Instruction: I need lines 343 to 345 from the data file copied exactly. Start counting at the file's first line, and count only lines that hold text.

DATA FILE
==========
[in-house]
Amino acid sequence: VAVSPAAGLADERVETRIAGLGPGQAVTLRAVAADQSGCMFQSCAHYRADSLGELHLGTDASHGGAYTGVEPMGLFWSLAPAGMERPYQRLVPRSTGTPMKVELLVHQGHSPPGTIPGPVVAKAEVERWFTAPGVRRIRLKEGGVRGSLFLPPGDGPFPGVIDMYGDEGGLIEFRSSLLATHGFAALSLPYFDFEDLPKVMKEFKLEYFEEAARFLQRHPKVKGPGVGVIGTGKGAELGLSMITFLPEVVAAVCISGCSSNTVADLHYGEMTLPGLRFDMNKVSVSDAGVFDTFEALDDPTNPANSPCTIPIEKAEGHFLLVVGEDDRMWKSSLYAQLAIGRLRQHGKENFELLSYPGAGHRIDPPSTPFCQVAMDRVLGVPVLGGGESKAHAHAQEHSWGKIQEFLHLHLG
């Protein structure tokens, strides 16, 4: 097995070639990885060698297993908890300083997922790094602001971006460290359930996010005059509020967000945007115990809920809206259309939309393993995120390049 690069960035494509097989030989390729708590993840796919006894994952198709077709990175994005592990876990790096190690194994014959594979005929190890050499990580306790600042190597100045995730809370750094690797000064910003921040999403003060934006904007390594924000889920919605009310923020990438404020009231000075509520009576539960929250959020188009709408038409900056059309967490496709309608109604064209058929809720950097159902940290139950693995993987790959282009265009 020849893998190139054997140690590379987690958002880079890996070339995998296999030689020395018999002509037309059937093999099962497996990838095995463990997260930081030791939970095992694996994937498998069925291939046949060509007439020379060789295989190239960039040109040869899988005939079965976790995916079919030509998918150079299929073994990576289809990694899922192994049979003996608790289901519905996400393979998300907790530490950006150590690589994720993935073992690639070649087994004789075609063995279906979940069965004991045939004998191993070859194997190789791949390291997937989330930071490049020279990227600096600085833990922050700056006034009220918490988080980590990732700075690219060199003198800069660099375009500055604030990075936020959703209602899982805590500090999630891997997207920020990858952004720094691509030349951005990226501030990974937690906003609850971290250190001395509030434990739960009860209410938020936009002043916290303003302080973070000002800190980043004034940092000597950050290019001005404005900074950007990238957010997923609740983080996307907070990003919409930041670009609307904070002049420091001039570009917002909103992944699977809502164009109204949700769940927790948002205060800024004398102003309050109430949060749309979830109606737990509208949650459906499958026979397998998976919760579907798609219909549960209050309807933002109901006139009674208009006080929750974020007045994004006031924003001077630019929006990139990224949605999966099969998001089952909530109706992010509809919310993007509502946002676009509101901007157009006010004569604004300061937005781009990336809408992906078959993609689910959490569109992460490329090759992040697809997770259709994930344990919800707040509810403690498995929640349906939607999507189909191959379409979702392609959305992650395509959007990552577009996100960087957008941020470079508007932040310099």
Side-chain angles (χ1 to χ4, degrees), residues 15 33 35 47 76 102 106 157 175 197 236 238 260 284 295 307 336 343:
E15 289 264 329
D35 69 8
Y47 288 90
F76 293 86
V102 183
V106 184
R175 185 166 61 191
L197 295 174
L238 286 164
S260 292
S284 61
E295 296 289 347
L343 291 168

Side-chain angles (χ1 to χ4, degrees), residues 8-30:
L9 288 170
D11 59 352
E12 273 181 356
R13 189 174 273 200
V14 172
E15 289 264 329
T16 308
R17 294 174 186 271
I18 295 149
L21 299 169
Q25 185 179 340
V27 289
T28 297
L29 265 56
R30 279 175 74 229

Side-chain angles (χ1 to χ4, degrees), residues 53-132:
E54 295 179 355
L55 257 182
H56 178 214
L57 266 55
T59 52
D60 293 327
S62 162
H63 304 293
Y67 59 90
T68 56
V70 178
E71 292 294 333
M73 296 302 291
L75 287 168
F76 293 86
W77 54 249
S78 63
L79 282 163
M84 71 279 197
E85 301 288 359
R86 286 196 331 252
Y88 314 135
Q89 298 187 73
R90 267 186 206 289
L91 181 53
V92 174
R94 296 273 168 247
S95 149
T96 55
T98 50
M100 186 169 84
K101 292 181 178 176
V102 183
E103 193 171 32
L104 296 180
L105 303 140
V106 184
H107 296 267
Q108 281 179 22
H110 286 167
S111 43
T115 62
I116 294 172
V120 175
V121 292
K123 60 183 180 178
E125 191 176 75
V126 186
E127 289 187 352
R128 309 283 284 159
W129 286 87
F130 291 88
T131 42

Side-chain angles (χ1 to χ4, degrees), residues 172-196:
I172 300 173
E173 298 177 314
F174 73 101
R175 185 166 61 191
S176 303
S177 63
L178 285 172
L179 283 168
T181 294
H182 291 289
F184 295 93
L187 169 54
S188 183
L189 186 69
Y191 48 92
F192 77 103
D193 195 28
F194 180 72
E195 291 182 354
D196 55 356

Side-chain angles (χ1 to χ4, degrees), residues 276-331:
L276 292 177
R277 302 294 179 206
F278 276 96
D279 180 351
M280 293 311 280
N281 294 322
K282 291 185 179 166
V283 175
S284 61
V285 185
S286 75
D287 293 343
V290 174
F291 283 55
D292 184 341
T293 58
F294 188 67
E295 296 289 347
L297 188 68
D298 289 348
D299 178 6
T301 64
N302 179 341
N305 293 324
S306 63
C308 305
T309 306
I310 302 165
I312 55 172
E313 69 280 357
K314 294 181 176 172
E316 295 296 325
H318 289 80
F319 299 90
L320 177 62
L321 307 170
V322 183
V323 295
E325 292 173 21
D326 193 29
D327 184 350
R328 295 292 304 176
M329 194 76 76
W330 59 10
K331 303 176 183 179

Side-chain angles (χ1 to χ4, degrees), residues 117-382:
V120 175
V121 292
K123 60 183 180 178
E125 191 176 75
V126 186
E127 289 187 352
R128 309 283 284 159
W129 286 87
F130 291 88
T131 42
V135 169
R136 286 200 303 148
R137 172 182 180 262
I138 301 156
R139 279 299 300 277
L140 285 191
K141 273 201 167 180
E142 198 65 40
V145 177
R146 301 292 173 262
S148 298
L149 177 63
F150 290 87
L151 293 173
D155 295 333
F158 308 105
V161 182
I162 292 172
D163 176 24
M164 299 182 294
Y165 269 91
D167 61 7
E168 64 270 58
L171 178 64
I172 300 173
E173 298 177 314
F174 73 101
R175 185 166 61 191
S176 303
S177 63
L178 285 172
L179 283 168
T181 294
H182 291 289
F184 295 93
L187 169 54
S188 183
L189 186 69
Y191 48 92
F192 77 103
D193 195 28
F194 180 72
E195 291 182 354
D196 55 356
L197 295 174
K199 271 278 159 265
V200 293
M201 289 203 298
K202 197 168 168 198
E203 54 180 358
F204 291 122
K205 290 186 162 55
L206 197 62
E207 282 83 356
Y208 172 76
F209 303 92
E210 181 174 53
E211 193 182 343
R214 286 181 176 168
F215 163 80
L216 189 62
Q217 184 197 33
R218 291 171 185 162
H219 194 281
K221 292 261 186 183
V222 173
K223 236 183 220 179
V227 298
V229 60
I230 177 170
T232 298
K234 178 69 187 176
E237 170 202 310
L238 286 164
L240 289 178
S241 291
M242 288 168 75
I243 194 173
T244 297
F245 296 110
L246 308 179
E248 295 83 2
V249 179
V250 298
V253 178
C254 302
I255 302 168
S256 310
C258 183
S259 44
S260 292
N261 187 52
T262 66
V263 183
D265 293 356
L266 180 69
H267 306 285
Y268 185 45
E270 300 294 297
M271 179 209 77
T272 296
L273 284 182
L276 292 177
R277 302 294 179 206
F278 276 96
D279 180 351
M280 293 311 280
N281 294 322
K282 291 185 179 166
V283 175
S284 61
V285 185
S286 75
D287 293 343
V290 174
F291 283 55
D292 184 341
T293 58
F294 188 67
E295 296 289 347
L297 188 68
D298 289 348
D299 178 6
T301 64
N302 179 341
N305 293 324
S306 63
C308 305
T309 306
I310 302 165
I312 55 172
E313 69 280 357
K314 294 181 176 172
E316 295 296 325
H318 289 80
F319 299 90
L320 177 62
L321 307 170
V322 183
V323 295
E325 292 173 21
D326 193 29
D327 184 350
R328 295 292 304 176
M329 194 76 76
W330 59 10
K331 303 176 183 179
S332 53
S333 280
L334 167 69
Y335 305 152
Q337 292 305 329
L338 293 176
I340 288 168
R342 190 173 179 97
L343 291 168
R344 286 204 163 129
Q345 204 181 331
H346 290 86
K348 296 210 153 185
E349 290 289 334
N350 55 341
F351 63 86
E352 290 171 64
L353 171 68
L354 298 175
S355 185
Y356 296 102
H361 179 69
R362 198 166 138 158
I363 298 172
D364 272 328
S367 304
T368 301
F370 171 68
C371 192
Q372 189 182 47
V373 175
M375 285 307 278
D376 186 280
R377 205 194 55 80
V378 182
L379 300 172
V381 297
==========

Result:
V373 175
M375 285 307 278
D376 186 280